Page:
Tagged: screen

Tools I use: tmux

Readers of this blog will know that I’m a big fan of GNU screen. While screen is a great tool, it hasn’t seen any major development or feature addition in quite some time. The code base is pretty old, there are some ancient bugs that still linger, and support for modern terminals (such as 256 colors by default) is not quite up to speed. I recently discovered byobu and was extremely happy with it — it completely overhauled my screen user experience. You can read all about byobu here.

I thought I had attained screen nirvana… until I found tmux (hat tip xed). So what exactly is tmux?

tmux is intended to be a modern, BSD-licensed alternative to programs such as GNU screen. Major features include:

  • A powerful, consistent, well-documented and easily scriptable command interface.
  • A window may be split horizontally and vertically into panes.
  • Panes can be freely moved and resized, or arranged into one of four preset layouts.
  • Support for UTF-8 and 256-colour terminals.
  • Copy and paste with multiple buffers.
  • Interactive menus to select windows, sessions or clients.
  • Change the current window by searching for text in the target.
  • Terminal locking, manually or after a timeout.
  • A clean, easily extended, BSD-licensed codebase, under active development.

And how is tmux better than screen? Thats question #1 in the FAQ:

tmux offers several advantages over screen:
- a clearly-defined client-server model: windows are independent entities which may be attached simultaneously to multiple sessions and viewed from multiple clients (terminals), as well as moved freely between sessions within the same tmux server;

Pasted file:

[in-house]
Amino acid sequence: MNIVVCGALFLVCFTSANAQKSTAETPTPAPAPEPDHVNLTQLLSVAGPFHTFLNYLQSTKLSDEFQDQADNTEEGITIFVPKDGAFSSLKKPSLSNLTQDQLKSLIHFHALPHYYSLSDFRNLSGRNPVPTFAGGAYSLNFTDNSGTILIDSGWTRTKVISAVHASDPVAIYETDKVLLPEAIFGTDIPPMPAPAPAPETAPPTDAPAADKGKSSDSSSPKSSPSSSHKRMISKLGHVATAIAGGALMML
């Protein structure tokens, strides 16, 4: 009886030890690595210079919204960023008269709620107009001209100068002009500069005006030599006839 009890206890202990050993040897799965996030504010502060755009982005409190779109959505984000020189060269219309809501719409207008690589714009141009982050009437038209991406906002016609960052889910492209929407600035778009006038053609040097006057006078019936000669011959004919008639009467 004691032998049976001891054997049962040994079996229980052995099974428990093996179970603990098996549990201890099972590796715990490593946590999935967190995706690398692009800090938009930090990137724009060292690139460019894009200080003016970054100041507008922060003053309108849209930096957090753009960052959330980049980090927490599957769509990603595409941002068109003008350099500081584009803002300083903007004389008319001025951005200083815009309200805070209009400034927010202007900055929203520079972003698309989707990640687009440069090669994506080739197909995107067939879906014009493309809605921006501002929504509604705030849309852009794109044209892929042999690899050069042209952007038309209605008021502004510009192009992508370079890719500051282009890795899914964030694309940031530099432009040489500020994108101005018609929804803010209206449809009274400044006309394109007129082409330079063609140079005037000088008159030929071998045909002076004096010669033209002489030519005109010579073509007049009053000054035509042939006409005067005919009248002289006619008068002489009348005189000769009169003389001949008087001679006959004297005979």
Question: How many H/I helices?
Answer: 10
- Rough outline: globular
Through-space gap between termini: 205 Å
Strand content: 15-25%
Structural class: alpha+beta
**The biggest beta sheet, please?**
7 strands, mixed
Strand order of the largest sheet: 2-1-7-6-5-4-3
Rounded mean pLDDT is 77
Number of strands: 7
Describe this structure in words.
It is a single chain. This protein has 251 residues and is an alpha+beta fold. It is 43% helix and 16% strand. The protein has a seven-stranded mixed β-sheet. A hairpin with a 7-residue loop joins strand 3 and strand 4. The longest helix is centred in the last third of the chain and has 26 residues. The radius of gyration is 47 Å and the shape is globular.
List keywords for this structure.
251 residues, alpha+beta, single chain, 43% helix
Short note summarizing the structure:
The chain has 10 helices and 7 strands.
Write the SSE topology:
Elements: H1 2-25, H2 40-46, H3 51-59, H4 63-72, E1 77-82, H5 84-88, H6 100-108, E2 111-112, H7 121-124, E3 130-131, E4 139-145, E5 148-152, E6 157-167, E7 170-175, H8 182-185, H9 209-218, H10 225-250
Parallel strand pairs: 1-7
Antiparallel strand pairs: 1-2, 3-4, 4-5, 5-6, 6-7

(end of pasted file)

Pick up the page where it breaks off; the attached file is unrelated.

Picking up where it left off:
- a consistent, well-documented command interface, with the same syntax whether used interactively, as a key binding, or from the shell;
- easily scriptable from the shell;
- multiple paste buffers;
- choice of vi or emacs key layouts;
- an option to limit the window size;
- a more usable status line syntax, with the ability to display the first line of output of a specific command;
- a cleaner, modern, easily extended, BSD-licensed codebase.
There are still a few features screen includes that tmux omits:
- builtin serial and telnet support; this is bloat and is unlikely to be added to tmux;
- wider platform support, for example IRIX and HP-UX, and for odd terminals.
I’ve been using tmux exclusively for the last couple of weeks and I really like it so far. For once, I can actually understand the configuration file :) But there are a few things that I miss from screen:
  • I found the screen way of scrolling in a buffer and copying text much easier to use than tmux’s. Unless I’m missing something, the only way to scroll a buffer in tmux and copy some text is by using vi-like keyboard commands. While this is doable, it is not always quick or convenient.
  • byobu made it really easy to add various status indicators. Wish I had something similar for tmux.

Tools I use: screen